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The Stanford Comprehensive Cancer Network is part of the Stanford Cancer Institute, an NCI-designated comprehensive cancer center.
Treatment Options for Chondrosarcoma of the Skull Base
Although chondrosarcomas of the skull base are slow-growing they can be invasive and can return if they cannot be fully removed. Therefore, combination therapy of surgery followed by radiation therapy is generally recommended to prevent recurrence.
Surgery – Surgery is often performed jointly with an ear, nose and throat surgeon and skull base neurosurgeon. Surgery involves the use of a 4K endoscopic visualization technology and very fine instruments to enable the surgeon to dissect the tumor off of delicate structures such as blood vessels or nerves. Multiple surgical approaches can be used to reach the tumor. The recommended approach depends on the size and location of the tumor.
Stereotactic Radiation – A computer-guided delivery system is used to deliver highly focused beams of x-ray radiation to the tumor, while minimizing effects to the surrounding tissue. While radiation does not remove the tumor, it can be effective in stopping the growth of a tumor.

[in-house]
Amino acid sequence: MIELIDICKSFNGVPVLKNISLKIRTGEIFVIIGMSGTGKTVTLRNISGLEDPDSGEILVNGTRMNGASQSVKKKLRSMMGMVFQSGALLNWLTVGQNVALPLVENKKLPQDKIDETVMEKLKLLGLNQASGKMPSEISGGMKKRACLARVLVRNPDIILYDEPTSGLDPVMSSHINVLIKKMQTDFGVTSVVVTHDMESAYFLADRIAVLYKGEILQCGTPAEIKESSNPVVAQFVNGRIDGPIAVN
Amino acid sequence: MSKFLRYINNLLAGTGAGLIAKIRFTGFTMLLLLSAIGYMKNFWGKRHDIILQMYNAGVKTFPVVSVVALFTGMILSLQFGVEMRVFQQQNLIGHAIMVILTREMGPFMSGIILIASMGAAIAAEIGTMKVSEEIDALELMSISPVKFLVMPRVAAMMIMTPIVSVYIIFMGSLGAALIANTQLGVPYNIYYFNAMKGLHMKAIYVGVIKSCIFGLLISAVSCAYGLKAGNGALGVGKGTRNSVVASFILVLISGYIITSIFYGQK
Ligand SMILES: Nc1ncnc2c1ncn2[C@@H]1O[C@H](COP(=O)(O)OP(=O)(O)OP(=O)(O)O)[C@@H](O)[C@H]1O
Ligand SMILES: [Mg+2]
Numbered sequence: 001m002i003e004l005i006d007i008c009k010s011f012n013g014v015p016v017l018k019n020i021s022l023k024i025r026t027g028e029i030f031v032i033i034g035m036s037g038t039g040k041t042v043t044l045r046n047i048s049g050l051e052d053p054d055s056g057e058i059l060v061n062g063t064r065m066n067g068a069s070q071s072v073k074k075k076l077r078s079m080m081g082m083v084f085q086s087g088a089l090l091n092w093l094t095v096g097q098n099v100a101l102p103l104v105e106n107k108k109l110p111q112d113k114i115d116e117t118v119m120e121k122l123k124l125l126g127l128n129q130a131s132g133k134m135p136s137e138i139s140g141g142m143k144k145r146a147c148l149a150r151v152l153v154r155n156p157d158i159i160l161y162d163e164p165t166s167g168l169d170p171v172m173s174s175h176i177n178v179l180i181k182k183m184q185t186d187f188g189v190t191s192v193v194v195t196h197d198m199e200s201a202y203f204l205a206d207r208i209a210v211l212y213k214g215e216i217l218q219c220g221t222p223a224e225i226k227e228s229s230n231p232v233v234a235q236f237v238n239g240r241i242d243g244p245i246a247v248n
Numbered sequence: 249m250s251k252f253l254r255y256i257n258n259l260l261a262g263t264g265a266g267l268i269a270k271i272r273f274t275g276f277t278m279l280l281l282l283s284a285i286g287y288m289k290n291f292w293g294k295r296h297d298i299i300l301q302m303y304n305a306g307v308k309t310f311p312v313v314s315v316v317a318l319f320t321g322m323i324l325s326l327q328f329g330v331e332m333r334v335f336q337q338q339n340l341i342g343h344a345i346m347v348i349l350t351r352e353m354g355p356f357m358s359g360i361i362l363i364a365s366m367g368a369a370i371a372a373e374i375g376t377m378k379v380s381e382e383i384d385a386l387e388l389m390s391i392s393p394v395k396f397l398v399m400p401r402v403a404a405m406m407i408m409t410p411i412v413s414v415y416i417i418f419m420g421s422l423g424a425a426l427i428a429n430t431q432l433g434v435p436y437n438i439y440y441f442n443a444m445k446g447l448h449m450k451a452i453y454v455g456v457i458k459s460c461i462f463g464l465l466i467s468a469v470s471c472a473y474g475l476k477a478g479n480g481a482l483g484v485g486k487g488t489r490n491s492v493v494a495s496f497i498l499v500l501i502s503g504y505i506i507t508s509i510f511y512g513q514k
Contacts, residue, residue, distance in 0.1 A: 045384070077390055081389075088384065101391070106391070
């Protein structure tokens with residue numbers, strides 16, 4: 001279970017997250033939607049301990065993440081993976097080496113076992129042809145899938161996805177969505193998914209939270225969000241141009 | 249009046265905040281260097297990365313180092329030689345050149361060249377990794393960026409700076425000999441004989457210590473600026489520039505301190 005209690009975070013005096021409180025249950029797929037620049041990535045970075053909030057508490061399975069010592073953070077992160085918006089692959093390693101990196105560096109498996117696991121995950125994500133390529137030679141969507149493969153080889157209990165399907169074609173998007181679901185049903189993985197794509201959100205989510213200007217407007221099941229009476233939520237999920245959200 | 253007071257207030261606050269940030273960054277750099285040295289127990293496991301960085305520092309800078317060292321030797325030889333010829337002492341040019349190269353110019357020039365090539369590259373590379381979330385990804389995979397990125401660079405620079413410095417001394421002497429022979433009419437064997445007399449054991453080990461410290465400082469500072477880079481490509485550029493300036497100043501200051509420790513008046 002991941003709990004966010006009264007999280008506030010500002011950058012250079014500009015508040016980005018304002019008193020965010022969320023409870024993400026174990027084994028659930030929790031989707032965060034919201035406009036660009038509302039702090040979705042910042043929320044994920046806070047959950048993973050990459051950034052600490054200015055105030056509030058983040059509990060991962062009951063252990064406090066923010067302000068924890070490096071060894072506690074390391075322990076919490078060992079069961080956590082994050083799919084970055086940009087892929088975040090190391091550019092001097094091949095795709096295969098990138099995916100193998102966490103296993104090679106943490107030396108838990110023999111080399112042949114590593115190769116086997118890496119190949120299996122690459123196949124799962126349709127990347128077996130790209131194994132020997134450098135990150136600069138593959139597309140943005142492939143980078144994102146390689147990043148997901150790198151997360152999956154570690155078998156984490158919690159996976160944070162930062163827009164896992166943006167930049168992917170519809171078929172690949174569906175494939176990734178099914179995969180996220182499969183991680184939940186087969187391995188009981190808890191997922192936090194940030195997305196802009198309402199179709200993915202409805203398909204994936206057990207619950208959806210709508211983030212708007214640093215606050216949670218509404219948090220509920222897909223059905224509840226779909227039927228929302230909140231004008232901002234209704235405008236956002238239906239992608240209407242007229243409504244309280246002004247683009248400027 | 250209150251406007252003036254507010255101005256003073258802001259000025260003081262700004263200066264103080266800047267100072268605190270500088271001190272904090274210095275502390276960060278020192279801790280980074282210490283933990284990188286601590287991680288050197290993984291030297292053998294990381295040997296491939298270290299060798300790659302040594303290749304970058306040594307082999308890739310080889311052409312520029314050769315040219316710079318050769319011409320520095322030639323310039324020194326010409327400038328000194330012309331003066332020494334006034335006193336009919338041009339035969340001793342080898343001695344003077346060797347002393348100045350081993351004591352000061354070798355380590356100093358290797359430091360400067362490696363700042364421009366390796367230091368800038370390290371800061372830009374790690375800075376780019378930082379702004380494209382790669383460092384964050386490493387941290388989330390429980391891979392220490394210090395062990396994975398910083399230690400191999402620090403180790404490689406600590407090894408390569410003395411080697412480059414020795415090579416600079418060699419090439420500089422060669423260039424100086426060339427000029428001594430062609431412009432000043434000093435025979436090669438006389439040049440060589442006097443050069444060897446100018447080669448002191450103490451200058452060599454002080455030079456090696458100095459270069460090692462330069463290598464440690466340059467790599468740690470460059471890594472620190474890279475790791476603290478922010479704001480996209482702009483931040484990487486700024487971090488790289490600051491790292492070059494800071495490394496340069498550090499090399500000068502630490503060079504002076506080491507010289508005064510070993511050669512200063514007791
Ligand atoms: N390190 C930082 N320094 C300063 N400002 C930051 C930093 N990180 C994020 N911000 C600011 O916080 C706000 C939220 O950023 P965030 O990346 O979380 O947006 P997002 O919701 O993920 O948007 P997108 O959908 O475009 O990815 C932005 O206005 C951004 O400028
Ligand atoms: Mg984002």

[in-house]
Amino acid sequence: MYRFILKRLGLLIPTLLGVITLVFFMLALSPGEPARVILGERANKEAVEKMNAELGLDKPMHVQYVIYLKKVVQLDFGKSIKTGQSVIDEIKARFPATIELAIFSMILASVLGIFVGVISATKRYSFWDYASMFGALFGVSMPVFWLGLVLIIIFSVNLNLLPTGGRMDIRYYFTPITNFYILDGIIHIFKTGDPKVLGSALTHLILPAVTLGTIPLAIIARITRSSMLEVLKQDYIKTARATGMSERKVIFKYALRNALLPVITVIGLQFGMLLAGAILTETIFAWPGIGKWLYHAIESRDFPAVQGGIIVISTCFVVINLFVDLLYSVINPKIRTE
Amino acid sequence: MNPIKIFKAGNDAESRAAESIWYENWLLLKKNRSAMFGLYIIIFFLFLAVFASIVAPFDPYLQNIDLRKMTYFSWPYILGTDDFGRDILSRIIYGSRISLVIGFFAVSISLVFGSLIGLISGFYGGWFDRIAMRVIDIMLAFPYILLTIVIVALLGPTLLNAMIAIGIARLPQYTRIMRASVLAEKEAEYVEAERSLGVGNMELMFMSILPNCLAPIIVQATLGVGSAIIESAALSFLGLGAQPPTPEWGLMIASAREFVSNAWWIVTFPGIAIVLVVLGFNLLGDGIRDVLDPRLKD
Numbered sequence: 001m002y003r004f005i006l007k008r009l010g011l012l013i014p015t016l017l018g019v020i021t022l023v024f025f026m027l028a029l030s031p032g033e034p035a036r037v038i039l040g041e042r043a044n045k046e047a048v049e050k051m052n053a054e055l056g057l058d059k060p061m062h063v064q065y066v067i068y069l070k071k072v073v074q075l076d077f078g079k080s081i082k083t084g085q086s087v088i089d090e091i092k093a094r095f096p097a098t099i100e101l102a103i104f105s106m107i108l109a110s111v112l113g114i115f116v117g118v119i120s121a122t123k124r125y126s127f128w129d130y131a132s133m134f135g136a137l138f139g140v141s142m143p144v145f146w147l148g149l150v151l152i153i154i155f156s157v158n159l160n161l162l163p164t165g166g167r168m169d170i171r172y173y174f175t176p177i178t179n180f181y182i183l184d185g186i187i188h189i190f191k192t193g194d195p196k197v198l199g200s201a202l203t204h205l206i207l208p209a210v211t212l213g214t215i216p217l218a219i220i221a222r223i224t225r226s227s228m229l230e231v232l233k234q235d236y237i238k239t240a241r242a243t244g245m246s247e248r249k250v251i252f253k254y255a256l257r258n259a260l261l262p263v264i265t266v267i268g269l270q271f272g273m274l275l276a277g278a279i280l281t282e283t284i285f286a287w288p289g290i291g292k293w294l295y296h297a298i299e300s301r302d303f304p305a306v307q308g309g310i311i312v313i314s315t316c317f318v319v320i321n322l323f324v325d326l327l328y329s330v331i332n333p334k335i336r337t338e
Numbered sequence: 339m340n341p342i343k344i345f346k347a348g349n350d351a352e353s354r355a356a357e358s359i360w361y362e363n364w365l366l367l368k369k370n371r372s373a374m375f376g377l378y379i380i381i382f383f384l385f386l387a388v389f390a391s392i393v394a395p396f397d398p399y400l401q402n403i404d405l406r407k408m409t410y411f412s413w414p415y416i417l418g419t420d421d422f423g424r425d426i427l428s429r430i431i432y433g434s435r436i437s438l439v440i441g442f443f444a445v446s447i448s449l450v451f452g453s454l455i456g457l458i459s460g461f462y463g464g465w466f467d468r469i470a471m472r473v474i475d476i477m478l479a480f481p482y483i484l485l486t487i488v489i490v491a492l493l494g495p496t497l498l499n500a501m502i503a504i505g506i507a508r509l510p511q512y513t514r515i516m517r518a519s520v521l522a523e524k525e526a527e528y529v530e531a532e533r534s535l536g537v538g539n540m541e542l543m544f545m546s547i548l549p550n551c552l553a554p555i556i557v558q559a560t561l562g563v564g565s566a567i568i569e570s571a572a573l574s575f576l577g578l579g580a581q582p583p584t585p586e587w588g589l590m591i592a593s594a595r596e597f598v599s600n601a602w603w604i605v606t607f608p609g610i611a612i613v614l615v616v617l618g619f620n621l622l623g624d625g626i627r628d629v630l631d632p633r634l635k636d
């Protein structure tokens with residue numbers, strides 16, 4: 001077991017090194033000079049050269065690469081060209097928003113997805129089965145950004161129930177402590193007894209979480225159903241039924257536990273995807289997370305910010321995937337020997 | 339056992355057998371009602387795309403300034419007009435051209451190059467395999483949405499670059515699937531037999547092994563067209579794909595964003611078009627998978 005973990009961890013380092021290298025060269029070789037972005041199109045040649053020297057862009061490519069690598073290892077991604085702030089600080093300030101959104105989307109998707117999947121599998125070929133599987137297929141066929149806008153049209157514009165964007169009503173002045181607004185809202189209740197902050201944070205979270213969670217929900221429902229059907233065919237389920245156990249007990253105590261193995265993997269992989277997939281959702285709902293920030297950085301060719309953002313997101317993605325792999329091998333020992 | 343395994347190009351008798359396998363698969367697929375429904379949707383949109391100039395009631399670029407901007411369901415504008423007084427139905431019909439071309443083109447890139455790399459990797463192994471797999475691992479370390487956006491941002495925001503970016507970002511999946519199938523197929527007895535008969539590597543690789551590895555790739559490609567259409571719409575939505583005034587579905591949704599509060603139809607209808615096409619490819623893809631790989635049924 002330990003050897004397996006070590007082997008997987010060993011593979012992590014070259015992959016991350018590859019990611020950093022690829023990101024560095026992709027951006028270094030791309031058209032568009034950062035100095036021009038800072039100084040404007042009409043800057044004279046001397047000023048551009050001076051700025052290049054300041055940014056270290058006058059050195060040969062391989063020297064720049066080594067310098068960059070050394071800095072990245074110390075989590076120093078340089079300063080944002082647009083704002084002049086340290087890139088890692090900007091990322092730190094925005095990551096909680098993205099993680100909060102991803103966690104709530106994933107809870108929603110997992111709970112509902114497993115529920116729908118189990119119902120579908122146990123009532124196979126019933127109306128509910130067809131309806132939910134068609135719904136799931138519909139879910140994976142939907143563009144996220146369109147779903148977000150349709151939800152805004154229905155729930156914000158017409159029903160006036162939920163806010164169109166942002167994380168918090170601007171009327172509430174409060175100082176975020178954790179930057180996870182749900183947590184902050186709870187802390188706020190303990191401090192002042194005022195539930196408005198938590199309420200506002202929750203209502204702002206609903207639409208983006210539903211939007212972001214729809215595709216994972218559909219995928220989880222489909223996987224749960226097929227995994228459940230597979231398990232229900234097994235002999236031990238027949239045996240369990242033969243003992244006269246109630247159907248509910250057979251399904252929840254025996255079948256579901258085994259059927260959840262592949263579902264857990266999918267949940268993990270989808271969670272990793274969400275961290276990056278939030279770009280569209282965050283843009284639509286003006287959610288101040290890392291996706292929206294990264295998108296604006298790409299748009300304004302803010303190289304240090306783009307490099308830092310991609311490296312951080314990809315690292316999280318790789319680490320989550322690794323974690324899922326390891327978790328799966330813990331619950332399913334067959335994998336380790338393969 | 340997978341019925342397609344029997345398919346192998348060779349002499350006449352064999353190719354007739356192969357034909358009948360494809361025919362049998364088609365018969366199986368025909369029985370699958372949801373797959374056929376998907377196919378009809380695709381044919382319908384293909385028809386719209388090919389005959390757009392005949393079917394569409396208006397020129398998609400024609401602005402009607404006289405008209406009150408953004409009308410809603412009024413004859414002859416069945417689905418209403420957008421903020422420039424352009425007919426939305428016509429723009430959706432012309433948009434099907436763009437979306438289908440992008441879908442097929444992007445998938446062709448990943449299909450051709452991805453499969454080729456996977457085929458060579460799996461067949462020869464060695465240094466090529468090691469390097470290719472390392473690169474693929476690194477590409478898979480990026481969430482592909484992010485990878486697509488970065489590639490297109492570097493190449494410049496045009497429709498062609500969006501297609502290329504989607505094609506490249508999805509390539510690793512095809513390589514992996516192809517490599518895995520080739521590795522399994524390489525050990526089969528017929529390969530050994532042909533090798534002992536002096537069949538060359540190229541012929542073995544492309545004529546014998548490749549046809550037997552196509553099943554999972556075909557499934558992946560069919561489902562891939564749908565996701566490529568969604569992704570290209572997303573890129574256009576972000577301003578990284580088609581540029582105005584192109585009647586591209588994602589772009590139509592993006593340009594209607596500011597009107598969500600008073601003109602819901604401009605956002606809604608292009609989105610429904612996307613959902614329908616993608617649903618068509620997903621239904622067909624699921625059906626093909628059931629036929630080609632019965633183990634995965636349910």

Intensity-modulated radiation therapy – 3D images help the target the tumor with radiation beams from many different angles and with varying doses to target the tumor and avoid surrounding healthy tissues.
Combination of the above – In some cases, tumors that grow after radiation may later require surgery. In other cases, tumor remnants after surgery can grow and be treated with radiation.
Clinical trials evaluate new approaches, devices, or medications in the treatment of chondrosarcoma. Ask your doctor or clinical trials coordinator about available trials that may be additional options for your care.
To learn more about the clinical trials we offer, contact Maria Coburn at 650-736-9551.
Closed trials are not currently enrolling, but may open in the future.
Diagnostic Tests for Chondrosarcoma of the Skull Base
MRI or CT scans can help identify the presences of a tumor, but not the type. Skull base surgeons can typically identify a specific look on an MRI that can indicate chondrosarcoma. Diagnosis is confirmed after a sampling of the tumor cells are evaluated by a pathologist.